The other report of Dr. Senegor in the record that was before the ALJ is dated March 23, 2006. The first page of this report is an incomplete form titled "Complete Medical Report (Mental)." (Tr. at 212.) Dr. Senegor made no entries for "Treatment History," "Clinical findings made by you," and "Prognosis." For "Laboratory findings," he cited an MRI showing degenerative disc disease and lumbar stenosis.*fn2 His entry for "Diagnosis (statement of disease or injury based on patient's signs and/or symptoms)" is "Lumbar stenosis," his entry for "Treatment by you" is "Conservative," and his entry for "Response to treatment" is "Poor." (Id.) Attached to the form is an incomplete three-page form titled "Medical Assessment of Ability to Do Work-Related Activities (Mental)." (Tr. at 213-15.) The first page includes an explanation of the purpose of the form, defines terms, and concludes with the following caution in bold print: "It is important that you relate particular medical findings to any assessed limitation in capacity; the usefulness of your assessment depends on the extent to which you do this." (Tr. at 213.) For the section on "Making Occupational Adjustments," Dr. Senegor wrote "Unknown" as to all eight categories of a claimant's ability to adjust to a job.*fn3 (Id.) Nor did he make any entries in the sections for "Making Performance Adjustments" and "Making Personal/Social Adjustments." (Tr. at 214.) In the section for "Other Work-Related Activities," Dr. Senegor entered "No lifting > [greater than] 10 lb," No [illegible] bend, stoop, twisting," and "No sitting > [more than] 30 min" but failed to describe any medical/clinical findings supporting these limitations, as required by the form. (Id.) On the last page of the form, Dr. Senegor made no entry for "Capability to Manage Benefits" and indicated that he last evaluated or treated plaintiff in January 2006. (Tr. at 215.) The undersigned finds that the ALJ accurately described this report as one that showed plaintiff had an MRI revealing degenerative disc disease but that "Dr. Senegor failed to report any treatment history, any clinical findings or the claimant's prognosis." (Tr. at 16-17.)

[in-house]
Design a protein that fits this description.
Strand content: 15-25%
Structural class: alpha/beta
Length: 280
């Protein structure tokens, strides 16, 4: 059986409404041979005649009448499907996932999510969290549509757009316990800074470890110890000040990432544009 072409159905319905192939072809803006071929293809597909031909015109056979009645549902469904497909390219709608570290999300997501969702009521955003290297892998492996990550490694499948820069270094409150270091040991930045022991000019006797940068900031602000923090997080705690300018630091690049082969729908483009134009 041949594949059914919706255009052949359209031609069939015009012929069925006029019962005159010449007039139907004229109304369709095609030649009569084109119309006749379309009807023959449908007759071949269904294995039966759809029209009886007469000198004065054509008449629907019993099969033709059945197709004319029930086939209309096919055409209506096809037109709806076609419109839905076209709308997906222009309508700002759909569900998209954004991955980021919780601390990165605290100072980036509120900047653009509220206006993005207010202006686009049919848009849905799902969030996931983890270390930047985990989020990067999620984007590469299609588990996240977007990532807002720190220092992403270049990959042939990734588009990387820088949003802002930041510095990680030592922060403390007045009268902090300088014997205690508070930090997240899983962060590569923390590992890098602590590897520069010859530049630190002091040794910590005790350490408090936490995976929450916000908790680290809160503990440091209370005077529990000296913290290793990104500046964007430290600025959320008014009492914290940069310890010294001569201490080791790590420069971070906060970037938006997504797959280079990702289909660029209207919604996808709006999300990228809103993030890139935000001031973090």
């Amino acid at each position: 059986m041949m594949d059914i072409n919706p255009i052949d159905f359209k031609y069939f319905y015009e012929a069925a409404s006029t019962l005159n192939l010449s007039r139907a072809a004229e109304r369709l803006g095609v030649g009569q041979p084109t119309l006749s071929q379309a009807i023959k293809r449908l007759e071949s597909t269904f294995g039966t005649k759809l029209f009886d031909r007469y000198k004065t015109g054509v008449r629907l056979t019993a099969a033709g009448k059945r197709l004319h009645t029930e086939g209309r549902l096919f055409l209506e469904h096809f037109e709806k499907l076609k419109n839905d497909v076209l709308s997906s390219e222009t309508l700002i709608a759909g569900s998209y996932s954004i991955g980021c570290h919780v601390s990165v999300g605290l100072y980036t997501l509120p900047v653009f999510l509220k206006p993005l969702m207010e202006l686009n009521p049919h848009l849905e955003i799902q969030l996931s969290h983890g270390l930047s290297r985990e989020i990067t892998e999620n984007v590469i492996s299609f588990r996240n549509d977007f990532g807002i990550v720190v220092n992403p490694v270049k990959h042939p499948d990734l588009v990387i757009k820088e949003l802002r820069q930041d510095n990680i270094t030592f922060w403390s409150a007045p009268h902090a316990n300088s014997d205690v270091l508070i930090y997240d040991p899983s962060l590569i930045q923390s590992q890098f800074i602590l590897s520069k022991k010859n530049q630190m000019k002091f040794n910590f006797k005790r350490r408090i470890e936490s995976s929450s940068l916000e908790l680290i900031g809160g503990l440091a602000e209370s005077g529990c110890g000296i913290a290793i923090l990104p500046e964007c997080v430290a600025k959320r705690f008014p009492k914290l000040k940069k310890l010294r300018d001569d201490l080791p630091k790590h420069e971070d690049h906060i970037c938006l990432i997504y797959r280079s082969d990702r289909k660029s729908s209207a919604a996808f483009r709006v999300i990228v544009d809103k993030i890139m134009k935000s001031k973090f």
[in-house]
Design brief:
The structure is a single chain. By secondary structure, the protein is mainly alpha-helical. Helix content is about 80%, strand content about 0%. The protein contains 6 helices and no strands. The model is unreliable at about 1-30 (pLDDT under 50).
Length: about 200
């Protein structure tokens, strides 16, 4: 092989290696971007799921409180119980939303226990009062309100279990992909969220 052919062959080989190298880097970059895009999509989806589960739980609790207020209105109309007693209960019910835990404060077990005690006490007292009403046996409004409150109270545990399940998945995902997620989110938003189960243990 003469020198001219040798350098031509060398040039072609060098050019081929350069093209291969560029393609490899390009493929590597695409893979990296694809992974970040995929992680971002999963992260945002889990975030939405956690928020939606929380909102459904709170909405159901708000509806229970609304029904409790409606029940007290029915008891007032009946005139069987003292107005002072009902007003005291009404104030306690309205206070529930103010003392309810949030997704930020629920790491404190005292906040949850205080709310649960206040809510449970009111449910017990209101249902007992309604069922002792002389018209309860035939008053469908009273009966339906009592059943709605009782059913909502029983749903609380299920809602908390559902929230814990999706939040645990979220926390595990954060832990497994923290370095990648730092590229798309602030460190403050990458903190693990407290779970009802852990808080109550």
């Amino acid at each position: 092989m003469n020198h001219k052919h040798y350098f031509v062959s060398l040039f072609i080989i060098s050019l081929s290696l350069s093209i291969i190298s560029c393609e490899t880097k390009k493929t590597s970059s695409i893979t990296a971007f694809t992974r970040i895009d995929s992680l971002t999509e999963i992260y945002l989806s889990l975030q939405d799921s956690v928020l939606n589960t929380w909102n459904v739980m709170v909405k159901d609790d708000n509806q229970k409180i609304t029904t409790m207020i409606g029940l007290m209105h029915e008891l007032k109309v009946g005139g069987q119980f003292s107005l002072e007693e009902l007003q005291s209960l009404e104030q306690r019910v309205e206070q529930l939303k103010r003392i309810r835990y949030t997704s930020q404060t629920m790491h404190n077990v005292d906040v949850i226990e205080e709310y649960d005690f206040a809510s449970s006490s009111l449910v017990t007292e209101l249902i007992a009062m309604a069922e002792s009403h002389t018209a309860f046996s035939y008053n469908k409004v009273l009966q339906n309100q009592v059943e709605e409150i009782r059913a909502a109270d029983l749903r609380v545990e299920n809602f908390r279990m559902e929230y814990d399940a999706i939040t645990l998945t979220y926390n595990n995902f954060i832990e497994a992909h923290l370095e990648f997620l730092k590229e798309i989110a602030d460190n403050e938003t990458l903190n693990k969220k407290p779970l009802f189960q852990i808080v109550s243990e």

A third report from Dr. Senegor in the record is dated December 12, 2006, almost two months after the ALJ issued her decision. (Tr. at 225-29.) At the conclusion of the hearing on August 9, 2006, the ALJ granted counsel's request to leave the record open for 30 days to allow him to obtain another report from Dr. Senegor because the wrong forms had been provided to him. (Tr. at 252.) Counsel subsequently requested a further extension to September 24, 2006. (Tr. at 41.) The ALJ granted the request but indicated that she would not grant another extension unless good cause was shown. (Tr. at 42.) No further extension was requested. The third report was submitted to the Appeals Council with counsel's brief. (Tr. at 222.) The Appeals Council considered the additional report but did not find that the information provided a basis for changing the ALJ's decision. (Tr. at 5-6, 8.)

The court finds that Dr. Senegor's third report, although properly presented on a form for physical rather than mental evaluation, is also incomplete and conclusory. For example, Dr. Senegor's statement of his clinical findings consists of the following remarks: "Limp. Uses cane.*fn4 ROM [range of motion] 50%." (Tr. at 225.) The attached "Medical Assessment of Ability to Do Work-Related Activities (Physical)" does not state any medical findings in support of the severe restrictions indicated by Dr. Senegor with respect to plaintiff's ability to sit/stand/walk, perform postural activities, and perform physical functions. (Tr. at 227-28.) Dr. Senegor cites only the MRI report showing degenerative disc disease and lumbar stenosis as medical findings that support restrictions on temperature extremes, vibrations, heights, and moving machinery in plaintiff's work environment. (Tr. at 229.) Dr. Senegor cites no medical findings that support his opinions that plaintiff can never lift more than 10 pounds, can only occasionally lift less than ten pounds, cannot sit or stand or walk for more than one hour each in an eight-hour workday, can only occasionally push or pull, and cannot work in temperature extremes. (Tr. at 226-29.)